Using Values When You’re Somewhere You Don’t Want To Be

I am writing this whilst sitting comfortably on a plane, powering through a brilliant autumn sunset towards Helsinki.  I have everything I need, and the work will be great.20160126_152837

And I don’t really want to go.

This has nothing to do with Helsinki you understand.  Who couldn’t be excited by the land of sauna, summer cabins and err, Moomins?

Me.

I don’t want to go because it’s going to be hard work.  And lots of travel.  And above all I’m sad because I’m going to miss my family.  I feel like I just want to stop and go home.

Using Values When You’re Somewhere You Don’t Want To Be

This classic ACT move is easily forgotten, but when I remember it always helps:

  1. Ask the cabin attendant for an extra gin
  2. Take a moment to consider why I am making this trip in the first place:

What values are at the heart of my choice to be here?

This question tilts my attention towards the purpose of my being here.  And purpose is the great generator of meaning.

So, why did I choose to be here?

  1. Meaningful work.  I am here because the workshops I run often help people shift in a positive direction.  The data we’re collecting supports this.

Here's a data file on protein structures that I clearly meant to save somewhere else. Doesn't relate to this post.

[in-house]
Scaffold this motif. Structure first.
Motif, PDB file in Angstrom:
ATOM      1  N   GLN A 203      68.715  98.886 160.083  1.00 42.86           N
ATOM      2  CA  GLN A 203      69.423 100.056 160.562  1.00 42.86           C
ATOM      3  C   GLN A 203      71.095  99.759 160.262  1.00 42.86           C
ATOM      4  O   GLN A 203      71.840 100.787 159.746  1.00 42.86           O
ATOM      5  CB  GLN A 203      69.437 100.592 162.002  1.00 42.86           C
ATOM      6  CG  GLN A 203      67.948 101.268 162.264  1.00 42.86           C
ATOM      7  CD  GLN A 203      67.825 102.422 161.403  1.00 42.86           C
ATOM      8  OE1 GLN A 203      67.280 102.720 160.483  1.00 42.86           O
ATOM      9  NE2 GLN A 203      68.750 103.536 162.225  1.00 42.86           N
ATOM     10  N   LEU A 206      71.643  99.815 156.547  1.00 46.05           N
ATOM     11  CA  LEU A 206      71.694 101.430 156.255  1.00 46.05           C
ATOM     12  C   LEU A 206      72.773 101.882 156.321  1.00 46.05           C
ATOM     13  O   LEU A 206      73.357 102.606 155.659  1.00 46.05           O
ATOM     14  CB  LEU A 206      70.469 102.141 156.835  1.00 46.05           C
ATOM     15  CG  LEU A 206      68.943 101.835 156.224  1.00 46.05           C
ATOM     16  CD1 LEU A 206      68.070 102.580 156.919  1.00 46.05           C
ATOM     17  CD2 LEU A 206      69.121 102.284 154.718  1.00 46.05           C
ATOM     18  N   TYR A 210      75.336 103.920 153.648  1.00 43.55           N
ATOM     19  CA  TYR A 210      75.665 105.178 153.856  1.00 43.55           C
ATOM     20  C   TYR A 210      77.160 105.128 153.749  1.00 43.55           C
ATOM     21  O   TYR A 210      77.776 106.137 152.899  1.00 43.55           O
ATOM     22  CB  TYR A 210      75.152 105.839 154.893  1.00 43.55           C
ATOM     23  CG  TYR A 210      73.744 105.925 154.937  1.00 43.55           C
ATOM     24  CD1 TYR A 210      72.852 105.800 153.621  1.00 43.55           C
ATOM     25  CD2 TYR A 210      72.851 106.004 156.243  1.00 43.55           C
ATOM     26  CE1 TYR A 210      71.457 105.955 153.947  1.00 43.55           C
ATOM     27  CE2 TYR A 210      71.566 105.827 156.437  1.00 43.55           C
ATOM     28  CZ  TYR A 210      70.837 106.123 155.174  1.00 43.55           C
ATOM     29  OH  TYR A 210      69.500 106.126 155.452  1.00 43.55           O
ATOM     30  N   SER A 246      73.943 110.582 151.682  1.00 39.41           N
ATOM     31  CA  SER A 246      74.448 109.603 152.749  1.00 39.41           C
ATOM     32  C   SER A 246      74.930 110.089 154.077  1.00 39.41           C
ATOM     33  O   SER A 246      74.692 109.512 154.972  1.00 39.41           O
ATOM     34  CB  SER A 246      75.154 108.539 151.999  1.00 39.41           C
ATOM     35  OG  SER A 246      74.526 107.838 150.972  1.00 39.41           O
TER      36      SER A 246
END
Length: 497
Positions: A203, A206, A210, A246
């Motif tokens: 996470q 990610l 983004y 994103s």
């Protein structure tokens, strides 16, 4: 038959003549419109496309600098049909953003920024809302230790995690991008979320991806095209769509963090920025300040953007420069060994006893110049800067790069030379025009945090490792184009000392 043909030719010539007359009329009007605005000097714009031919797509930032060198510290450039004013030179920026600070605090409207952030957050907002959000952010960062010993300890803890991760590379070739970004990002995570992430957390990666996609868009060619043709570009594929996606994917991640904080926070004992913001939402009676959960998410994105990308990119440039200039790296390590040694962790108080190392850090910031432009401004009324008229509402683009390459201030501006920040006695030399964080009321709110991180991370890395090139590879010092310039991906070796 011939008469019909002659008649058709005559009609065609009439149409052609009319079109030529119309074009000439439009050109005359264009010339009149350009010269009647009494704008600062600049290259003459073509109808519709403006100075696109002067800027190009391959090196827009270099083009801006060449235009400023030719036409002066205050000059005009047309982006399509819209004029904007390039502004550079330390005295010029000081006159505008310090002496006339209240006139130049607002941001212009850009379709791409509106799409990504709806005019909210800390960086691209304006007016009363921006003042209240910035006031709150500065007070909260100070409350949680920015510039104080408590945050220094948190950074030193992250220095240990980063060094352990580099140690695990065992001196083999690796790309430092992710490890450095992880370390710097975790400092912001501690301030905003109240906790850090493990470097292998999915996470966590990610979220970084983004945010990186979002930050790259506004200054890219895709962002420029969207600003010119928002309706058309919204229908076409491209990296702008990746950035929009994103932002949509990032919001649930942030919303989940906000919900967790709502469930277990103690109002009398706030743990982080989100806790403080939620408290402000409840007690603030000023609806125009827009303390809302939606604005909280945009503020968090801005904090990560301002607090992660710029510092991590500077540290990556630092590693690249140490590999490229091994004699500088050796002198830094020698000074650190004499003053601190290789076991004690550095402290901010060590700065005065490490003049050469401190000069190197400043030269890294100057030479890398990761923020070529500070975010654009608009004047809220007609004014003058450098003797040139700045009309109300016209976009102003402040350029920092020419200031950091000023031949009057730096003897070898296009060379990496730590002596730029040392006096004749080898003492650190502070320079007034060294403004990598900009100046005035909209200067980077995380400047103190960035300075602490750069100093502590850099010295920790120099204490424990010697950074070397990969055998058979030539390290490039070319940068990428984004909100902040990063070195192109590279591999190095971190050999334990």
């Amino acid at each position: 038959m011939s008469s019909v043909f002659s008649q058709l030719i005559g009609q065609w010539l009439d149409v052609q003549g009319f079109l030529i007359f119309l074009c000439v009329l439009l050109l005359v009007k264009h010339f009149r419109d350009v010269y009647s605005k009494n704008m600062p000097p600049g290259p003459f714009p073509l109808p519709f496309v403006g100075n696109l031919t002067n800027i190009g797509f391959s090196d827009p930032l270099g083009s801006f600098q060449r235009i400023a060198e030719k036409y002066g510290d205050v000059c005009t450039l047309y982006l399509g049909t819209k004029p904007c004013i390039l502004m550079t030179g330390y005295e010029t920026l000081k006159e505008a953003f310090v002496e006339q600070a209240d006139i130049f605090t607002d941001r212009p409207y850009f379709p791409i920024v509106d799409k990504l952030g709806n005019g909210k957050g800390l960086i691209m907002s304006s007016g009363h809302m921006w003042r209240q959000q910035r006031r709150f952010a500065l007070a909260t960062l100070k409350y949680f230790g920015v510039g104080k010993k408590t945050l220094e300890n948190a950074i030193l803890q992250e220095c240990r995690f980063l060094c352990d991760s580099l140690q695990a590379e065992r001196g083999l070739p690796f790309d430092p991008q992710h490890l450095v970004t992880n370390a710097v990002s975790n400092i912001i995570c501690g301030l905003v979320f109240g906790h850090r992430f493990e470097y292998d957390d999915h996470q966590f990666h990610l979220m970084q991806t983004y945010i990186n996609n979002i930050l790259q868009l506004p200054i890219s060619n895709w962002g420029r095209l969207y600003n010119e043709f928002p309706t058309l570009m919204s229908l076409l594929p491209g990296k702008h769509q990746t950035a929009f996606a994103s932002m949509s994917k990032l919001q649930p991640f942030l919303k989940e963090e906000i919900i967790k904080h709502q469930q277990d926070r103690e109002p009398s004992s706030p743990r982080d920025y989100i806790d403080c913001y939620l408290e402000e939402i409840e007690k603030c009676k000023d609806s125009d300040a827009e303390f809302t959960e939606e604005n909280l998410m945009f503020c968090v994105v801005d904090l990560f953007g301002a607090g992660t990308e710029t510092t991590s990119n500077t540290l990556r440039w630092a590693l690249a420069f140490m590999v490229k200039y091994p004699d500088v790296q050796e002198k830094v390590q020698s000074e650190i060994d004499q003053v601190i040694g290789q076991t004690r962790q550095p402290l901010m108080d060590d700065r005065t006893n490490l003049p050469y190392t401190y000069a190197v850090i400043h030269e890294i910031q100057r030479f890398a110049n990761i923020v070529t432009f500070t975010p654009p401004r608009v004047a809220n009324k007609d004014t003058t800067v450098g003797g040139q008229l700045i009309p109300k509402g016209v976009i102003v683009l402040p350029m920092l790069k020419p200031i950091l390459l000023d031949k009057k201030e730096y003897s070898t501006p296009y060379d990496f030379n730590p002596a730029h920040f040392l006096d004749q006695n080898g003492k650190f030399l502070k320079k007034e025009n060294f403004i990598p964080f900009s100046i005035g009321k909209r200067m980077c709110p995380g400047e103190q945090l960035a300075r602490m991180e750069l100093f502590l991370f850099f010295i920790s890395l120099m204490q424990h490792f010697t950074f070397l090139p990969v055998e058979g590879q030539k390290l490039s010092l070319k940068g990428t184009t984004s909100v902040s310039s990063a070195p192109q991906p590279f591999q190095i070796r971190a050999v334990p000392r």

2. Learning.  I hope to learn something from the people I meet, and their reaction to the training.  And it’s exciting to learn something about the countries I visit; Denmark, Sweden, Norway and Finland.
  3. Security.  I want to provide for my family so that they have the stuff they need to thrive. It is not the sole purpose of being here, but it is a factor.
  4. Psychological Flexibility.  Deep down, I know that without moments like these, my capacity to experience joy in life would diminish. As Kelly Wilson said, happiness and sadness are twins that either grow strong together or die together.

ballon-2Tuning into my own values doesn’t get rid of the sadness, but it provides a different context for it.

It mixes something in with the sadness.  Something richer.

And now I’m flying in a different way.

I am not so consumed by thoughts of wanting to go home.

My sadness feels like it has been dignified somehow.

It is the admission price for a life I have chosen, and I am grateful for it.

 

 

A Letter to The Escape Tribe

For regular WWA readers, some context.  I’ve been working as one of the Faculty at the brilliant Escape School, in particular an amazing Tribe of 50 people who have been on a 3 month journey to get unstuck and do something more meaningful with their careers.  It was so enjoyable and moving that I wanted to write them a short letter…and I’m sharing it here because it is hopefully a good example of ACT being used in coaching (and getting into the water supply).

Dear Escape Tribe,

I can’t tell you my admiration for your courage to stand for something in your lives, even in the presence of your fears. It feels like a privilege to watch you and work with you; in many ways one of the highlights of my career. So I wanted to write you my own letter, perhaps because I was so moved by those you wrote to yourselves…